Defendant: John Doe 555 W. Michigan Street, Urbana IL
Plaintiff: Thank you. Can you please tell me your relationship with the plaintiff?
Defendant: You? Yeah, you’re my neighbor.
Plaintiff: Thank you. (begins speaking loudly and quickly) Now, is it not true that at no time, did you not disagree to not return my lawnmower or otherwise not agree to never not reimburse me for said equipment?
Judge: That is it! You! Sit down. Judgement for the defendant.
Carl found this to be the funniest thing he’d ever seen (and looking back at it, I don’t blame him), but it scared the ever loving shit out of me. “Holy shit! I can’t get up there and do that! I’ve got to get out of here!” I was panicking, and Chad was getting pissed.
“Just sit down and shut up!” he said as he pulled me back into my seat. “You’re freaking out!”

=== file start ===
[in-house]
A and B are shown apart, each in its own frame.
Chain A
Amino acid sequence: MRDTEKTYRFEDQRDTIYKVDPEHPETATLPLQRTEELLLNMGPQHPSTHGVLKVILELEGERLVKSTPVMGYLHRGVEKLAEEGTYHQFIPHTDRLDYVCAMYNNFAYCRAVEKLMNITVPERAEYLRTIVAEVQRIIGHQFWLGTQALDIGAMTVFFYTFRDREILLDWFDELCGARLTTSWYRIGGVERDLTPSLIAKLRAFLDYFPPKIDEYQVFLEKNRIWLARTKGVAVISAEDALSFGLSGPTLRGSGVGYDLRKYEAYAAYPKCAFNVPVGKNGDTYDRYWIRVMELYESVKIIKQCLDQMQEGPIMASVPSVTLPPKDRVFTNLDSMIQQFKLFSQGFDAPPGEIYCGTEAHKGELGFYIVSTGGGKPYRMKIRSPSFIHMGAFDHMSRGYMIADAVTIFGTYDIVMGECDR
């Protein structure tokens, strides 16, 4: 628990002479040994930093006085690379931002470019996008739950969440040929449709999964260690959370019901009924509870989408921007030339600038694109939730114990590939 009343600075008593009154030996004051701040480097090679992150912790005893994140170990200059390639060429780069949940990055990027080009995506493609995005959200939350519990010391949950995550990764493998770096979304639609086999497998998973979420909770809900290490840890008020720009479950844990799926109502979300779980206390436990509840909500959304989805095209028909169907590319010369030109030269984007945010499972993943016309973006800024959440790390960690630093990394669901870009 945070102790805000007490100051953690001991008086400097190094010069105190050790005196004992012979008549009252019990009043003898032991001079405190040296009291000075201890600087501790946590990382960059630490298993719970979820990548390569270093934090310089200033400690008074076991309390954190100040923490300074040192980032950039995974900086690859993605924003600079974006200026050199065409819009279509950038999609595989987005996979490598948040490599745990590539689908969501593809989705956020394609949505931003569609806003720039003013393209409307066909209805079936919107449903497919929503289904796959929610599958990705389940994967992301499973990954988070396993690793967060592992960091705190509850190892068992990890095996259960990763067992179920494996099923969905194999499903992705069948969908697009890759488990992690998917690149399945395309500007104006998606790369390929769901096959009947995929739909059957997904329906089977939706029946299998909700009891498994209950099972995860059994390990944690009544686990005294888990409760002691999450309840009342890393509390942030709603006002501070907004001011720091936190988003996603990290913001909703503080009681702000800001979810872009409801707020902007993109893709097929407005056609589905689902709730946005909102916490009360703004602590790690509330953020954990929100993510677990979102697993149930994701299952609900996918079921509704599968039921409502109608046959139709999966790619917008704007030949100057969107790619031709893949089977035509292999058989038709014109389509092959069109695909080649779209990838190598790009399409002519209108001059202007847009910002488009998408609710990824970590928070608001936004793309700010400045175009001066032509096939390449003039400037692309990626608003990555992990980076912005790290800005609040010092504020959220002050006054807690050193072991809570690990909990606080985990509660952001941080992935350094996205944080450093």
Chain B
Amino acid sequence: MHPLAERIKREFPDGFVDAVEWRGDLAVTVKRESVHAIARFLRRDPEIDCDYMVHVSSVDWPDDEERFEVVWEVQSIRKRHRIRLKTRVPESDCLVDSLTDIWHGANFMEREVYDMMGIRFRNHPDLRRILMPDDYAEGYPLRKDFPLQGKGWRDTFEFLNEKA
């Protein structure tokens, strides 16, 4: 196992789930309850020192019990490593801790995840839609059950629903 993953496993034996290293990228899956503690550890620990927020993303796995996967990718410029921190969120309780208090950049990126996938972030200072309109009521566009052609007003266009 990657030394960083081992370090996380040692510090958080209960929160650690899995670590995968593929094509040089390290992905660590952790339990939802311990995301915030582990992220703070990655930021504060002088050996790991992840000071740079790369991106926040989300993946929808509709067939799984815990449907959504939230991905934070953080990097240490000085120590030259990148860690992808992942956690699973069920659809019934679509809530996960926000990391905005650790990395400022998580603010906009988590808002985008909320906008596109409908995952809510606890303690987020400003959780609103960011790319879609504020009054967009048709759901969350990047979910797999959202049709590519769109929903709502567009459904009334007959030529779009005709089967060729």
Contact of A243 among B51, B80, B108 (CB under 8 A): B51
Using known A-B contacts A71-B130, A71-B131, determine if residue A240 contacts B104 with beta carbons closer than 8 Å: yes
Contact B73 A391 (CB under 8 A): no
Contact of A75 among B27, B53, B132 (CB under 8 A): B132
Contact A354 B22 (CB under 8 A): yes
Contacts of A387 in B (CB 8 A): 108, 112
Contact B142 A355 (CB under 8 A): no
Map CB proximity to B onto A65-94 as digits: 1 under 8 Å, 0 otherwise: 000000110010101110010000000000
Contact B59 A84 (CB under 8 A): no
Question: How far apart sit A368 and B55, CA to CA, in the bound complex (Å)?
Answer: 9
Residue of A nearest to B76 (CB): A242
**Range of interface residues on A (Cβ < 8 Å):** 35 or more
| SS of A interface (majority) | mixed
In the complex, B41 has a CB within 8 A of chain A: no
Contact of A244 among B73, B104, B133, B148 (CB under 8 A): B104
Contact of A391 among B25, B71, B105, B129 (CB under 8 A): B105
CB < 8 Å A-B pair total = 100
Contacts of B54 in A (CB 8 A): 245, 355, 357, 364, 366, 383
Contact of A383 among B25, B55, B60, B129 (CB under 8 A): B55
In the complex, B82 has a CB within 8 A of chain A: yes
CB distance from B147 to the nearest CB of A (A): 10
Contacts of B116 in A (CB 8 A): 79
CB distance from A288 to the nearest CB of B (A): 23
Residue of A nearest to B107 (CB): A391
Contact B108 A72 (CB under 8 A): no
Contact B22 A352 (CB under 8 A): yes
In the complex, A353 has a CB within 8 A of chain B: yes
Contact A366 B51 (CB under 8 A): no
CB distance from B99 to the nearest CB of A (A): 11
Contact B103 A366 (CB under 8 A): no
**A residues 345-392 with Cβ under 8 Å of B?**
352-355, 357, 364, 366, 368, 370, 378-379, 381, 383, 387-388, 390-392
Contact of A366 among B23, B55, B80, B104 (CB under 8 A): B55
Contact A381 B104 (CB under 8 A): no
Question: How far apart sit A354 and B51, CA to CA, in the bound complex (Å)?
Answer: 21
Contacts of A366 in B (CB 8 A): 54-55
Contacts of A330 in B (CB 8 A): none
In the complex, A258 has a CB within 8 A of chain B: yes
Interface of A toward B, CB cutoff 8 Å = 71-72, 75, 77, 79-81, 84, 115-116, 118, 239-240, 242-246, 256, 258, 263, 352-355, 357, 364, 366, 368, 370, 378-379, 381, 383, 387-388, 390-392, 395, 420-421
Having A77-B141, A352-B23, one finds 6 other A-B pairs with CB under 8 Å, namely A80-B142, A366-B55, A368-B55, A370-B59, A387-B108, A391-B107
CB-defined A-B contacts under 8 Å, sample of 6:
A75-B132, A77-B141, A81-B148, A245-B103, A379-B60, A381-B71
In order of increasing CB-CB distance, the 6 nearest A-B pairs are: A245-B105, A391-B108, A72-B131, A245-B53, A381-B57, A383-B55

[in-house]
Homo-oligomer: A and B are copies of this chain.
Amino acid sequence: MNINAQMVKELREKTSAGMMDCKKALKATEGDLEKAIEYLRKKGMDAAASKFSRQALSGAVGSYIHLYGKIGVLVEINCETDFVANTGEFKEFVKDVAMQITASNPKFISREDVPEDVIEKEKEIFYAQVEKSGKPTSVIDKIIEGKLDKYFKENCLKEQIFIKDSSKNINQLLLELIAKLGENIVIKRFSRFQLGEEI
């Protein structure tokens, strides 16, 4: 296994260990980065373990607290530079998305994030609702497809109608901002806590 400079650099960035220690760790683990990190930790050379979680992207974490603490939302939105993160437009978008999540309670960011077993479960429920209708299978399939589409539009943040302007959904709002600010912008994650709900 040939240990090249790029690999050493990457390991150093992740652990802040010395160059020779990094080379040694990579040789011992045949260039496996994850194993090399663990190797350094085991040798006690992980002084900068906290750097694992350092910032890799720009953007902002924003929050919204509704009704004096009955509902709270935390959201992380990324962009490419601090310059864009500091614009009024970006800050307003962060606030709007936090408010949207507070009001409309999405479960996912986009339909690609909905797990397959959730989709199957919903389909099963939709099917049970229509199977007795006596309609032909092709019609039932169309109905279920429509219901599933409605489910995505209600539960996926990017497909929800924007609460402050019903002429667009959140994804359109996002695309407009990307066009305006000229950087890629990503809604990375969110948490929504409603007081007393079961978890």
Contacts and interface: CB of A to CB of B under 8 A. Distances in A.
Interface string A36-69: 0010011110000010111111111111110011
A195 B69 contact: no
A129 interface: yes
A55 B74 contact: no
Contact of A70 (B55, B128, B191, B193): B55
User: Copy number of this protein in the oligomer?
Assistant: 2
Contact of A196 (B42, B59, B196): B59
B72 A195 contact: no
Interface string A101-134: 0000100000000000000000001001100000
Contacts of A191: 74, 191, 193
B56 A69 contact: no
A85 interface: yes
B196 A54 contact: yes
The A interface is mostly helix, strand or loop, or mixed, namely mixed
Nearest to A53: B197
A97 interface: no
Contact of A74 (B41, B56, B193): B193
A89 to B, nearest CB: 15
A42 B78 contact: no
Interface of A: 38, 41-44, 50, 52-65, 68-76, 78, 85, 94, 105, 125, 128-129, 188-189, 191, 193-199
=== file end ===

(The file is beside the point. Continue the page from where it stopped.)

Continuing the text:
I sat back down, utterly freaked out. So much so, in fact, that I missed our case. Before I knew it Chad stood up and said, “No, your honor” and with that we were on our way out of court.
“Wait, what just happened?” I asked.
“You’ve got thirty days to pay all back rent, and if you don’t, you’re out on the thirty-first day.”
“Great job, Perry Mason,” said Carl, busting out into laughter.
Wanting to get far, far away from the legal system, I nonchalantly sauntered out of the courthouse, although I’m not too sure you can call it sauntering once you hit 20 mph. Thirty-one days later I moved into a new rental house, this one owned by a cop, thus keeping my incredible streak of foolishness alive.
As I mentioned, the only other time I wound up in court was over expired tags on my license plate. I was older and wiser, and at no time did I ever not admit to not having a lack of tags on my license plate. I won that case.